This is the simplest, most straight-forward NMR experiment, taken right out of your Carbon Compounds textbook.
In this experiment, a short radio-frequency pulse centered on the Larmor precession frequency of protons in the static magnetic field created by the cryomagnet causes a net transverse magnetization of the protons. This transverse magnetization is monitored as the sample decays exponentially towards its equilibrium state, providing a Free Induction Decay, or FID. The FID contains all of the spectral information in the time domain. Subjecting the FID to a fast Fourier transform produces the spectrum in the frequency domain. Before it can be read, the spectrum must be phased. Subsequent processing allows for integration and peak picking.
Note that you can select PROTON (16 scans) or PROTON128 (128 scans). More scans buy you better signal-to-noise (S/N), but take longer to execute. Since it takes roughly 5 min for the spectrometer to lock and achieve a good shim, the extra 5 min required to move from 8 scans to 128 scans isn’t really that excessive…
Recall that S/N ratio is propotional to the square root of the number of scans you take; doubling the number of scans increases your S/N by a factor of 21/2. More advanced users may wish to set the NS (number of scans) parameter manually.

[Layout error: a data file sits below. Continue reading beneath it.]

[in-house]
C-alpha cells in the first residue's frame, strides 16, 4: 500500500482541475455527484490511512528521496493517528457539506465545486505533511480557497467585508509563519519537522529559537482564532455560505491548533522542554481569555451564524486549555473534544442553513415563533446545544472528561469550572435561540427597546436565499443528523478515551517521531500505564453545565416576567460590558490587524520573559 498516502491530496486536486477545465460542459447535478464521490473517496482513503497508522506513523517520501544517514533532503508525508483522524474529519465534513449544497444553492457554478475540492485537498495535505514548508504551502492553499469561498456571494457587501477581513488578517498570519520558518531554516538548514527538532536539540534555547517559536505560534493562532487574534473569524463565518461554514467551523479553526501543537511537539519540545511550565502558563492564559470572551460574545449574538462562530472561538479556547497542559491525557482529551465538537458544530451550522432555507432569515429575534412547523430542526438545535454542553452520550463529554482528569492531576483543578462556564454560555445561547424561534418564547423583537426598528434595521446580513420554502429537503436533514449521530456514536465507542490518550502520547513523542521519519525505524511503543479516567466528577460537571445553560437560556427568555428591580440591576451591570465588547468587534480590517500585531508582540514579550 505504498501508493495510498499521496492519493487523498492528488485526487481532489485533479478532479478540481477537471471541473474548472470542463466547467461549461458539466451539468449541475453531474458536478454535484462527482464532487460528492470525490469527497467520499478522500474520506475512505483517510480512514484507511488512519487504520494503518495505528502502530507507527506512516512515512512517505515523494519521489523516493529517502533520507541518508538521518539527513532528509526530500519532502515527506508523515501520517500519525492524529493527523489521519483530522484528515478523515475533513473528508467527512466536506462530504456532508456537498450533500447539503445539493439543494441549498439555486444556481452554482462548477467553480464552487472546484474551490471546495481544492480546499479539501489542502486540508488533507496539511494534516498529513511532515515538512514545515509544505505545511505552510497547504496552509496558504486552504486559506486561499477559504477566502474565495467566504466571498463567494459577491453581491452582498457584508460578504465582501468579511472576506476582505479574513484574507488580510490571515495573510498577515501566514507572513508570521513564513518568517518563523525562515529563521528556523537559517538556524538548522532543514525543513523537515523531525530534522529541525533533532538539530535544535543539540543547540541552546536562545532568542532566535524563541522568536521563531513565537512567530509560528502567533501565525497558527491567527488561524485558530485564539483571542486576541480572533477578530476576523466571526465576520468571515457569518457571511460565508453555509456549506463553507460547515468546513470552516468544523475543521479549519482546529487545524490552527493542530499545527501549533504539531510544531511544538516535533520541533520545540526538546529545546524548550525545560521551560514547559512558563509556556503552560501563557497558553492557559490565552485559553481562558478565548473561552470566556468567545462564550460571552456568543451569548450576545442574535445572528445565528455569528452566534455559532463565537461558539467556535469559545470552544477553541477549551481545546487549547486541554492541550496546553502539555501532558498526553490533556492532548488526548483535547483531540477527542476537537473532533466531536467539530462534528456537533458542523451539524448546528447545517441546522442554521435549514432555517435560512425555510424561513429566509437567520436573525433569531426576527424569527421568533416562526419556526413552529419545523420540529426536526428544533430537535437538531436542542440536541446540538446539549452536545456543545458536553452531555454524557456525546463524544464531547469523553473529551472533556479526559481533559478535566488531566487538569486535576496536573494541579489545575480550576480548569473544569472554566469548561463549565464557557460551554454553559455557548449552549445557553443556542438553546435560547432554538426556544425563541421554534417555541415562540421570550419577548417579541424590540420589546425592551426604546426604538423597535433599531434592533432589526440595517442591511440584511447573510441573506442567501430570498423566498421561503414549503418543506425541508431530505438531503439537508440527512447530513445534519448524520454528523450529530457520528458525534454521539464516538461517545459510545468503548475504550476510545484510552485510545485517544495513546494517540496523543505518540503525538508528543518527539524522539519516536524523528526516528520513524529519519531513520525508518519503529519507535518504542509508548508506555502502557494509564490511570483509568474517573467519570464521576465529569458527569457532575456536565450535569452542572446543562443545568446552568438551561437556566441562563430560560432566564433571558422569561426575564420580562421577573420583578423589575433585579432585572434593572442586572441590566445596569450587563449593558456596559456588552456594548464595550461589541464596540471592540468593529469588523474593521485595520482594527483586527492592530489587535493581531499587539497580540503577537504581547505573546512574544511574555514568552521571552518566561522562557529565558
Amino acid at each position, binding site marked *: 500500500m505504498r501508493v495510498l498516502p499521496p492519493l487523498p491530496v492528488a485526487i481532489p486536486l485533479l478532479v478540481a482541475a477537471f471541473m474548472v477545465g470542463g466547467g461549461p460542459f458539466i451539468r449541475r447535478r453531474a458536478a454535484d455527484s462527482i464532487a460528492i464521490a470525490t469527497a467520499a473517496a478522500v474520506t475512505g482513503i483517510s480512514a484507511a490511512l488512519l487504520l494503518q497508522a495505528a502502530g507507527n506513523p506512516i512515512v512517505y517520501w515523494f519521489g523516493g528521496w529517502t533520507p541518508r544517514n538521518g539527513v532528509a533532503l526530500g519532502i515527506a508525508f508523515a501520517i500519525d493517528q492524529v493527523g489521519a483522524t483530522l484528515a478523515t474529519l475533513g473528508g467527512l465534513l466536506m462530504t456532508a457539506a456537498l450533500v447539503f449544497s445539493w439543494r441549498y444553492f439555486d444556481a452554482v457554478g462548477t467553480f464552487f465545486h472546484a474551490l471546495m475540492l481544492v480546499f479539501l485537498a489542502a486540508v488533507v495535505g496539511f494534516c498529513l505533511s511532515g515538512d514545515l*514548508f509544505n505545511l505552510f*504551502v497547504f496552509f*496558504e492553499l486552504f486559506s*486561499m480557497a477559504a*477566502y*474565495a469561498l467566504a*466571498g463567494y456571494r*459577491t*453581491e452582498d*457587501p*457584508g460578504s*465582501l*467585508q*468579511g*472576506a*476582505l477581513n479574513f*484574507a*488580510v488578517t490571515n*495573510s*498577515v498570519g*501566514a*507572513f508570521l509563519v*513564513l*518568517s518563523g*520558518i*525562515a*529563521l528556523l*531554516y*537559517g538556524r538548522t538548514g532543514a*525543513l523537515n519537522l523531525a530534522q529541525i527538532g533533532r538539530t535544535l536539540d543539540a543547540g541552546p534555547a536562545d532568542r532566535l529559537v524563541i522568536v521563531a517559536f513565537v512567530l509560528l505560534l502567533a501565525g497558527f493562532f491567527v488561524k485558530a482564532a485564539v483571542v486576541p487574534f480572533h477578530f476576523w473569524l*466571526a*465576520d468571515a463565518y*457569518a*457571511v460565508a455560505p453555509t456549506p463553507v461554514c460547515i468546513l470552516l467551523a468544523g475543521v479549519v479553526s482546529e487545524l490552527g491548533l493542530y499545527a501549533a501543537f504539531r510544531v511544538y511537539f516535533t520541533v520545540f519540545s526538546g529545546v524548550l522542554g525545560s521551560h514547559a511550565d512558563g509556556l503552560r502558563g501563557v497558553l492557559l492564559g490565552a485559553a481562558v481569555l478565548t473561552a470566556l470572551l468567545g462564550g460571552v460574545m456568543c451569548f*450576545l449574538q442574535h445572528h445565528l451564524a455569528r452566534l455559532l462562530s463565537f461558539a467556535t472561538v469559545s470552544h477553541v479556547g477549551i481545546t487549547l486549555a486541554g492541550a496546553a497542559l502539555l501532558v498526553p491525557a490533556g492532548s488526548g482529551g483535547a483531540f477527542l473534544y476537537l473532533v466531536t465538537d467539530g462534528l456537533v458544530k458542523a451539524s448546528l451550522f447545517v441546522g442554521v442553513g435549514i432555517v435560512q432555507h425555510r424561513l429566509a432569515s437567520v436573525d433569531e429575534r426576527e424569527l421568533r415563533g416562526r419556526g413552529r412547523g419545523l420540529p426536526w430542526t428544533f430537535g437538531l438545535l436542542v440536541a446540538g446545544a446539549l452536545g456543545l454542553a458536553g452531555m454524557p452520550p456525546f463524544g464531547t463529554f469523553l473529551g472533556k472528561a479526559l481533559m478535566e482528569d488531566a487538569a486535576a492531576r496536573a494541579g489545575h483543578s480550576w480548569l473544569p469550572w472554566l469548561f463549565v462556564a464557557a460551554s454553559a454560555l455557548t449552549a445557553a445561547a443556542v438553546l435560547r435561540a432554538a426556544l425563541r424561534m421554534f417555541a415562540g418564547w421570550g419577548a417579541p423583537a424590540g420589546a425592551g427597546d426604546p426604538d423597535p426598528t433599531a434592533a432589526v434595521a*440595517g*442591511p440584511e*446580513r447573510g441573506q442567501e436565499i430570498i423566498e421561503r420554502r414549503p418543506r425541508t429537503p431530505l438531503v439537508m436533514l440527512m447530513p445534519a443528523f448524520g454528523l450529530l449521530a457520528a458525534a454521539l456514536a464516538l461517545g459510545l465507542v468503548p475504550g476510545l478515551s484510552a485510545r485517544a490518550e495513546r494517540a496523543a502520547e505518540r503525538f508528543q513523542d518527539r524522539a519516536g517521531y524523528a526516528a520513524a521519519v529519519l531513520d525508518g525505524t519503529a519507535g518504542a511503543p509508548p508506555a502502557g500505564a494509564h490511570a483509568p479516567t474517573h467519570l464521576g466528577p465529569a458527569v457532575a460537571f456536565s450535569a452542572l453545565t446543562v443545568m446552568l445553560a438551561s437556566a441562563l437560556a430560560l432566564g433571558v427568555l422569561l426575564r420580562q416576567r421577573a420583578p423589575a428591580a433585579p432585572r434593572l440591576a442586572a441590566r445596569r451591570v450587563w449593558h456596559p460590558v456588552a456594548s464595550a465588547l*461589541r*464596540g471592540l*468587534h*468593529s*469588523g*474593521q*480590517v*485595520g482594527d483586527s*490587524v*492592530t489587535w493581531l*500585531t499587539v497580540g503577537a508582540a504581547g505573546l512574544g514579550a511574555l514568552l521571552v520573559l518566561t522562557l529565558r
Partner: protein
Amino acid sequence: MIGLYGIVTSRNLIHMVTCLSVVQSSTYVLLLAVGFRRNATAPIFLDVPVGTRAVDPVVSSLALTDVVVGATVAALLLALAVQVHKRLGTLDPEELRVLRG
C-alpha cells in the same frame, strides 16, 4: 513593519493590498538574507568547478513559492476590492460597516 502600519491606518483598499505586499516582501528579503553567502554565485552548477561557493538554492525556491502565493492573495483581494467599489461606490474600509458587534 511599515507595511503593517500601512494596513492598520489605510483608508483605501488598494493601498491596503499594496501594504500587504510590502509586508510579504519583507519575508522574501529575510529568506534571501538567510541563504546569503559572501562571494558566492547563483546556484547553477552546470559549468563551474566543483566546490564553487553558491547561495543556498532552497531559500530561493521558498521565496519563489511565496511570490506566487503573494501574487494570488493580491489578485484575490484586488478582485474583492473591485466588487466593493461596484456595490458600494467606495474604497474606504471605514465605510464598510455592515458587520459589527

In this page and following pages, a series of spectra are presented for ethyl benzene:
The triplet at 1.25 ppm with integral of 3 corresponds to the protons Ha in the methyl group, whereas the quadruplet at 2.65 ppm with integral of 2 corresponds to the methylene protons, Hb. The multiplets at 7.25 ppm with integral of 5 correspond to the aromatic protons Hc. The singlet at 0 ppm is due to the internal standard, tetramethyl silane (TMS).
Note that the chemical shifts, when expressed in ppm of applied magnetic field, do not change with field strength. The spin-spin coupling (J-constants) are not field-dependent, either.
Spectrum of Ethyl Benzene:
(Click on the spectrum to obtain a magnified view.)